The US said on Tuesday a world-wide watchdog was expected to declare after two days its decision to put Pakistan on a terror watchlist, indicating a Pakistani minister might have too soon set off celebrations that his country was off the hook.
Pakistani foreign minister Khawaja M Asif said on Tuesday there was no consensus at the Financial Action Task Force (FATF) meeting to place Pakistan on the “grey list” for not complying with anti-money laundering and terrorism financing regulations.
“The final decision on that was due later this week, so I don’t want to get ahead of what that final decision would be,” state department spokesperson Heather Nauert told reporters when asked about Asif’s announcement.
Nauert said she didn’t have an independent confirmation that a decision was made early. “We’re anticipating that the final decision would be made on Thursday of this week,” she said.
Asif had tweeted, “Our efforts paid, FATF Paris 20Feb meeting conclusion on US led motion to put Pakistan on watch list — No consensus for nominating Pakistan; proposing 3months pause &asking APG for another report to b considered in June.”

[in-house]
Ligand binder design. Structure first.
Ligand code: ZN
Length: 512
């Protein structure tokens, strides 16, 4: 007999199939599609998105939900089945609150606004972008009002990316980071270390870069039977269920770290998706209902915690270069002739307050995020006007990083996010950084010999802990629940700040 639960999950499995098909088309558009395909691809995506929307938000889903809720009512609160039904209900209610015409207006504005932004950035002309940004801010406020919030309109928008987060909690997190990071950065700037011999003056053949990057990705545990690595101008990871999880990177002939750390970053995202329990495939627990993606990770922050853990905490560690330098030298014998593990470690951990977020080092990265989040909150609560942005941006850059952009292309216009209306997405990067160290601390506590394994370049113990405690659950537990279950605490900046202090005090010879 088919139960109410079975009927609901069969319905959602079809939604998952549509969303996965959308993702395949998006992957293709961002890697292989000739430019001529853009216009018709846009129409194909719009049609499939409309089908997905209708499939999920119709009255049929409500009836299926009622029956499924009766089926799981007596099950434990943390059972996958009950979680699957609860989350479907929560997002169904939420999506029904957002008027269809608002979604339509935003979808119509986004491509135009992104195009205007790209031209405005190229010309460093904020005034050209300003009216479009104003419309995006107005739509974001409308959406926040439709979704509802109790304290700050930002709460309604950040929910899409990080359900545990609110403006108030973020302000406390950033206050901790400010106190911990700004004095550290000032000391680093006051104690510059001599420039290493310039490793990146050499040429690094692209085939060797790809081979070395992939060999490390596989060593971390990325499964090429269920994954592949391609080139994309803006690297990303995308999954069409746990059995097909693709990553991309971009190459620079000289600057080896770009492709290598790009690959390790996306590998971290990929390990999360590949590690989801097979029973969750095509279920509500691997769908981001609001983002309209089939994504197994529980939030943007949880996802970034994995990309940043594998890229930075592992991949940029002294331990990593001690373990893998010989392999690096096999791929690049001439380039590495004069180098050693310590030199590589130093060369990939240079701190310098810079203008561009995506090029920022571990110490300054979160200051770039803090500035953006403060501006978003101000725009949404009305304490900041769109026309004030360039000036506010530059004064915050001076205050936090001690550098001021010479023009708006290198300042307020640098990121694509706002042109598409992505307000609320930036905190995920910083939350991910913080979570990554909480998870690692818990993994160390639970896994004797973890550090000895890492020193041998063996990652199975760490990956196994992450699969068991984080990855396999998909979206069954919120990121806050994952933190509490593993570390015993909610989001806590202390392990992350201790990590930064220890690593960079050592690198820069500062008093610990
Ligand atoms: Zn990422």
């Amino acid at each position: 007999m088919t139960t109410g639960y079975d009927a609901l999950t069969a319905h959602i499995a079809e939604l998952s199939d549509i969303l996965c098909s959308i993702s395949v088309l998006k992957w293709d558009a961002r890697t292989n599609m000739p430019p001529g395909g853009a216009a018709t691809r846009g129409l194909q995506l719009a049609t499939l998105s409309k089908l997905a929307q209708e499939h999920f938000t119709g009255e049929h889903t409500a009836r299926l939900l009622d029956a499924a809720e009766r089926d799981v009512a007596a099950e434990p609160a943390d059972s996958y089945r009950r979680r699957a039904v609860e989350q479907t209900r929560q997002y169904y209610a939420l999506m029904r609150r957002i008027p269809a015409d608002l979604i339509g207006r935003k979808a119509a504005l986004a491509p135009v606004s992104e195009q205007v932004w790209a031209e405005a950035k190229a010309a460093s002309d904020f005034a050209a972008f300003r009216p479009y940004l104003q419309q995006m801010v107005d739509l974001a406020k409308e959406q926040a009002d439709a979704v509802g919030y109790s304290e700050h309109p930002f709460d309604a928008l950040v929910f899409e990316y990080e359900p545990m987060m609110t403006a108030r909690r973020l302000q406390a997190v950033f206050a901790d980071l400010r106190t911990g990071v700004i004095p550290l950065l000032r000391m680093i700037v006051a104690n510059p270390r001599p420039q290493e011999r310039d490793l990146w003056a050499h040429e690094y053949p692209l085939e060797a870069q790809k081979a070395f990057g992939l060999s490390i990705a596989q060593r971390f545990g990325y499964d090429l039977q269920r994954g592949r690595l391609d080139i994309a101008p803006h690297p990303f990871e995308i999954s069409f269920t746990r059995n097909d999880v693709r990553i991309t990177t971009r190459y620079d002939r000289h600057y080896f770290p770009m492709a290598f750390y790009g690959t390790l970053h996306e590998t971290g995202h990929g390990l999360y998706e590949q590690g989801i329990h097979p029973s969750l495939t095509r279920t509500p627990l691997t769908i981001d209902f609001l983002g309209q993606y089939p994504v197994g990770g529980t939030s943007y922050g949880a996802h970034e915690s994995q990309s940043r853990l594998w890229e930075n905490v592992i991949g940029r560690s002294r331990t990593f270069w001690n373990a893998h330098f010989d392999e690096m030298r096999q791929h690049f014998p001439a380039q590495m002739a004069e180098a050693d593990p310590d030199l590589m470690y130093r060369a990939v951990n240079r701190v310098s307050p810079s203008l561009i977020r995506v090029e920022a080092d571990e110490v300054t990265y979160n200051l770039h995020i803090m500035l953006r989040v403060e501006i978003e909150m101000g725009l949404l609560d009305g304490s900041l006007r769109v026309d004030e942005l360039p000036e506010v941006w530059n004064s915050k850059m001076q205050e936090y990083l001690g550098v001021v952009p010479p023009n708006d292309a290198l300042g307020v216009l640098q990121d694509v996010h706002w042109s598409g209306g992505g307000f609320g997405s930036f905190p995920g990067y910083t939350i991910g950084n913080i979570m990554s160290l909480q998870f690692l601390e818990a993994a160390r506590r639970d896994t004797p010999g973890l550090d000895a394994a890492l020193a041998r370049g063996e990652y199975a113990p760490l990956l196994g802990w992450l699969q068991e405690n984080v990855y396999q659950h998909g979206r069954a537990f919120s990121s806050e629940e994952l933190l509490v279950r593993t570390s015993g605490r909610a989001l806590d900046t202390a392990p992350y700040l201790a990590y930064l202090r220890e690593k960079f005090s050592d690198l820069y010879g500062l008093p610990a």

Asif, who is visiting Russia, also thanked “friends who helped”.
He also recommended the meeting proposed a “three months pause” and asked for the Asia Pacific Group, which is part of FATF, to consider “another report in June”.
The United States had proposed putting Pakistan on FATF’s watchlist, which could hurt the country’s economy as it would affect its credit ratings.
Pakistan was on list from 2012 to 2015.
The 37-member group, which was formed in 1987 to check money laundering, has been meeting in Paris and according to reports; the US proposal has the backing of Britain, France and Germany.
Nauert said at the Paris meeting the members countries were seeing at the nations that were not doing enough to crack down on terror financing, counterterrorism and the like.
“Pakistan is one of those countries that they’re taking a close see at, and they may be making – they’ll be creating an announcement sometime soon,” she said.
The US has in the last few months stepped up pressure on Pakistan to do more to curb terror emanating from its soil. “The United States has foolishly given Pakistan more than 33 billion dollars in aid over the last 15 years, and they have given us nothing but lies & deceit, thinking of our leaders as fools. They give safe haven to the terrorists we hunt in Afghanistan with small assist. No more!” President Donald Trump tweeted on January 1.
In the budget presented last week, his administration recommended deeper cuts in aid to Pakistan.